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Stephen Walsh

Stephen Walsh

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Stephen Walsh is a designer, illustrator and recent graduate of NCAD. Here, masc speaks with Stephen about his degree show in which he took advocates of the LGBT rights movement – with a special focus on the AIDS crisis – as its subject matter. 

Images of fighting figures from home and abroad, like Marsha P. JohnsonBobbi Campbell, Peter Stayley and Tonie Walsh, are rendered in Stephen's vibrant styling. A treatment beautifully at odds with the struggle and oppression which marked the journey towards liberation. 

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What was your degree show about? Brilliant People was a look at [those] who shaped the movement and fought for healthcare and gay rights throughout this time.

What drew you to it? A longing to learn about my own community's history. I lived in New York for a few months in 2016 and made friends over there who very much in tune with the hardships that faced the community. They would tell me stories that, as a gay man, I felt ashamed that I didn't know or hadn't given much thought. People talk about the AIDS crisis or growing up in the 1980s, I wanted some understanding as to what life was like then. It was Larry Kramer’s Play 'The Normal Heart' that gave me an insight into the epidemic. It infuriated me and made me cry but also light a spark in me to better myself as a gay man and teach myself about LGBTQ+ history. I wanted to be a person that was able to speak confidently to people about the AIDS crisis and LGBTQ history, to share the things I learned when creating my body of work.

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What did you learn? One thing that I took away from the project while researching was seeing how history can repeat itself, as evident in Irish politics now as it was in the 1980s. Another thing that infuriated me was how deeply the Church and the State were intertwined, and still are today. 

What does your degree show seek to communicate? It is about one of the most devastating times for our community, but it's also a celebration of what we have achieved through our struggles. I knew from the get go that I didn't’ want it to be sombre or depressing, I wanted to show the variety of people in our community and to showcase them in full unapologetic colour. I also hope that it communicates the joy I have felt in the LGBTQ+ community, especially in the last five years, and the undying love and support we have for each other.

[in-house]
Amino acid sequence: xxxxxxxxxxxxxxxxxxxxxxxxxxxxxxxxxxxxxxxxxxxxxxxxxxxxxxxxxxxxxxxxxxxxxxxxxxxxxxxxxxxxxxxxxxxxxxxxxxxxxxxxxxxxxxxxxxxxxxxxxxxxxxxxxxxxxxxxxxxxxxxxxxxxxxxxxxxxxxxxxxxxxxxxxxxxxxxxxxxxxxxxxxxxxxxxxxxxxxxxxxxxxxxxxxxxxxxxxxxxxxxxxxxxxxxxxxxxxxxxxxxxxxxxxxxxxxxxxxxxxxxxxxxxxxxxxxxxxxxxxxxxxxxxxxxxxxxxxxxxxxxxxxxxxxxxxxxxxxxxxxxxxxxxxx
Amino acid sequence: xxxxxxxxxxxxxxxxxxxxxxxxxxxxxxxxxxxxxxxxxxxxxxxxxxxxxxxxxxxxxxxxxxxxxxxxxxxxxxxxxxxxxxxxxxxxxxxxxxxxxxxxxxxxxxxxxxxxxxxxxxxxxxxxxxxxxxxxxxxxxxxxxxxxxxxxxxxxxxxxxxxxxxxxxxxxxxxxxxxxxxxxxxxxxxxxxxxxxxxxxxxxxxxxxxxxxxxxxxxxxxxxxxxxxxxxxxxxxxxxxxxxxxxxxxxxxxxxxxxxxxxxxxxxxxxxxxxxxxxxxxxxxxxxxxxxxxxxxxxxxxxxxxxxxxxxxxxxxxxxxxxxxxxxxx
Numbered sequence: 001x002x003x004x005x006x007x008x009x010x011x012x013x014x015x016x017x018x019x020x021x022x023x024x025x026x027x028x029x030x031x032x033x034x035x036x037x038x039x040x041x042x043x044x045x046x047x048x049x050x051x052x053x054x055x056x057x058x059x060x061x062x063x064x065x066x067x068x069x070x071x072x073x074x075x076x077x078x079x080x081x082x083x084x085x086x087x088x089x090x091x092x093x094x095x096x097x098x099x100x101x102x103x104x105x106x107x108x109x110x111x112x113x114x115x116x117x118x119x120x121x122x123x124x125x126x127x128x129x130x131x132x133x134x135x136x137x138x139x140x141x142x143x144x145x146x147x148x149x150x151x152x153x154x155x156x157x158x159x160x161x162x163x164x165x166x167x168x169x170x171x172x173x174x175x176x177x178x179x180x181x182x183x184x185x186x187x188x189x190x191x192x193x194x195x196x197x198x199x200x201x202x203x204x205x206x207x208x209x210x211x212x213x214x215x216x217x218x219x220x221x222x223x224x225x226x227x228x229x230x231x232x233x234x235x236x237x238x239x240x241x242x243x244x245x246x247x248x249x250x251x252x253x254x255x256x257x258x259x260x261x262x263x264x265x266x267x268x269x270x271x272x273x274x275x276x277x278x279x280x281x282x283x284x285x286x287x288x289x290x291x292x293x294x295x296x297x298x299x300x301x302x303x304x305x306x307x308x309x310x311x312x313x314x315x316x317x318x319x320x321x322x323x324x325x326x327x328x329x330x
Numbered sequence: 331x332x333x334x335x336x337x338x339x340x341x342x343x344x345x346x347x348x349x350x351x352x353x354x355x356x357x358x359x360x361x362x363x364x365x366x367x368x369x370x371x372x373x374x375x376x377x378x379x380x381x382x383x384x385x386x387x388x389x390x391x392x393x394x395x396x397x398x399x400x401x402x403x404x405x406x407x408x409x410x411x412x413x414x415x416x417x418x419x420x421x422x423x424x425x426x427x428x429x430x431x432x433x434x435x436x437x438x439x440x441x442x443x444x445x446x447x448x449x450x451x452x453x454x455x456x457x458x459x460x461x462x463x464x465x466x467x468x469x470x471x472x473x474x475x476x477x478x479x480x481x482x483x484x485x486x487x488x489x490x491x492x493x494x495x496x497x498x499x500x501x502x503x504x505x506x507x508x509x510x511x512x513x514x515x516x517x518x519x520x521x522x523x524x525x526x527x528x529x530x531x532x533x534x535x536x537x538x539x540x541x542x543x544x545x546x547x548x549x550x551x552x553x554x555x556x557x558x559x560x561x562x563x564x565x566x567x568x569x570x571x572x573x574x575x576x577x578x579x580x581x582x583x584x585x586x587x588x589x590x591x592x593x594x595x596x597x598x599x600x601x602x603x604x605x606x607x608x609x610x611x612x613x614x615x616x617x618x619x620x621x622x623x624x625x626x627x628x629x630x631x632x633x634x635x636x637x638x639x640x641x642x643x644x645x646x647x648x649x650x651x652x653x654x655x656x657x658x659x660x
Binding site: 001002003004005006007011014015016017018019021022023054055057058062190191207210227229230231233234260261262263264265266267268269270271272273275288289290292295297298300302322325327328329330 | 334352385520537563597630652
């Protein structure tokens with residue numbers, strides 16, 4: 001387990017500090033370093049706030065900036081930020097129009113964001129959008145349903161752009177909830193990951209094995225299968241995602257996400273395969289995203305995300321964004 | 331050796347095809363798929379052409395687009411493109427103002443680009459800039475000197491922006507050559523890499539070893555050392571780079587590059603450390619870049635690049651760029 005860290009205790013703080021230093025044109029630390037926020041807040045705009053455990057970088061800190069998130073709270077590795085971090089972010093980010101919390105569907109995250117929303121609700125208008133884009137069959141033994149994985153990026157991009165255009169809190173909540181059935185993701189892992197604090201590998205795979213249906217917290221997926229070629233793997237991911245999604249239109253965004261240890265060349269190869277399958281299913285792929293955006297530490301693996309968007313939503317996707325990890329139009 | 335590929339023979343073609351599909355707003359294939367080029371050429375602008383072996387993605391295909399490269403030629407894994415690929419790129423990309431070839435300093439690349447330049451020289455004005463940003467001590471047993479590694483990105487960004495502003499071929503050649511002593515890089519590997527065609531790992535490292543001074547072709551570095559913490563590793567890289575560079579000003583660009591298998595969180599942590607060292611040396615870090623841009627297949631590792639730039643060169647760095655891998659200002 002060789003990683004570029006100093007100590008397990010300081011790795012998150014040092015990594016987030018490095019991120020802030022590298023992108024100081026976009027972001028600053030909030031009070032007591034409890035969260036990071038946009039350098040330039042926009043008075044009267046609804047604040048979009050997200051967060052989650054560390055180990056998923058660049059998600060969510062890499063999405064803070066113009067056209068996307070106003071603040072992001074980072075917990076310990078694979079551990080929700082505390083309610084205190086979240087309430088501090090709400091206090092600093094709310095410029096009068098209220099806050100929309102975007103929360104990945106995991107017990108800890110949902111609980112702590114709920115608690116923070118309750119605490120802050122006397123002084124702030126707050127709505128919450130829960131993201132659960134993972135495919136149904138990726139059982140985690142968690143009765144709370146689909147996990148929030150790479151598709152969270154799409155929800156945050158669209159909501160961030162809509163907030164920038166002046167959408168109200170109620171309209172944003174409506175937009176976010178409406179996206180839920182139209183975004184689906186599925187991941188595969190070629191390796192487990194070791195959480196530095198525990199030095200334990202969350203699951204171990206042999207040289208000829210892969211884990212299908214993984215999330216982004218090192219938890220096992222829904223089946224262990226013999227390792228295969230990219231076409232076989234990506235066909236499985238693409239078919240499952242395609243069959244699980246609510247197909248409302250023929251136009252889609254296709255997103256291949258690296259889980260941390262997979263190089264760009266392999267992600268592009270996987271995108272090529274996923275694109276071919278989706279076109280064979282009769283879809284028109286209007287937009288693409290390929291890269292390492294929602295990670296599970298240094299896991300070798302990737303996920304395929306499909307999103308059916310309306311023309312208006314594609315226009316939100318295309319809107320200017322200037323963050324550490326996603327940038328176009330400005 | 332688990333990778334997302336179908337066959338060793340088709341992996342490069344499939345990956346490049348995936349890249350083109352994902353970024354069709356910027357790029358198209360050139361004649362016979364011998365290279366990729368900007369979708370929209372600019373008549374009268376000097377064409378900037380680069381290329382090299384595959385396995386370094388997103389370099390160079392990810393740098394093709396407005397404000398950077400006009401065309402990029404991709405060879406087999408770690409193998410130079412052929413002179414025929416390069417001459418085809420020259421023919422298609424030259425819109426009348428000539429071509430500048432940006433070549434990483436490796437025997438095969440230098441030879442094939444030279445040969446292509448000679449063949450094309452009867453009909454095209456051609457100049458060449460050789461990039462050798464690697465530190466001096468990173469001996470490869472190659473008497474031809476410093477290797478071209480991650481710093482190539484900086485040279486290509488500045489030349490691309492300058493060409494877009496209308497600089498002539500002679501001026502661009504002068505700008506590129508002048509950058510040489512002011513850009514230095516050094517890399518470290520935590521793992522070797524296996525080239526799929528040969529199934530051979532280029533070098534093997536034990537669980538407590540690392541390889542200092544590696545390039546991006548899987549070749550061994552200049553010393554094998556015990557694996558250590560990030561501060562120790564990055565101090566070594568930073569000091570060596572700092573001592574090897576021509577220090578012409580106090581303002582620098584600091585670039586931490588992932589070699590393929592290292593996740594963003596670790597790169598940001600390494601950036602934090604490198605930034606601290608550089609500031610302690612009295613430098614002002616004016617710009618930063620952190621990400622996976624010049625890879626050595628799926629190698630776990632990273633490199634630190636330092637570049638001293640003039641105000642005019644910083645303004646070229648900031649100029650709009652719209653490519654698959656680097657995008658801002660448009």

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Do you think younger people engage with this time [in history] enough? No, not at all. This was part of my own frustrations that led me to start this project in the first place. I feel like the younger generation of LGBTQ+ people don’t give the older generation the respect they deserve, partly because they don'’t know the history. Yes, they have Drag Race and “Gaga” and they either know the basic gist of it all or they think they know it all, but that couldn't be further from the truth. To truly understand, you have to go out of your way to teach yourself about what it was actually like back then, and what it has given us today. That'’s why I wanted to create this colorful collection, to attract these individuals and get them excited and engaged in learning about LGBTQ+ history. 

You confront a very bleak, frightening and angry time in your particular manner. Was that conscious? I knew the outcome was definitely going to be colourful. For the main reason that I was going to be working on the project for the majority of my final year. Coming in everyday and reading about these amazing people [most of whom] lost their lives to AIDS was hard. It really took a toll on me, on top of the stresses of final hand-ins. But one thing that made it worth it was being able to celebrate their lives through creating artwork that would encapsulate their stories forever and hopefully light a spark in someone else to want to know more about  these brilliant people. 

Keep an eye on masc's Instagram later this week for a couple of previously unpublished pieces by Stephen of an altogether different sort. 

Dominick Mouroz

Dominick Mouroz

Love & Suppression

Love & Suppression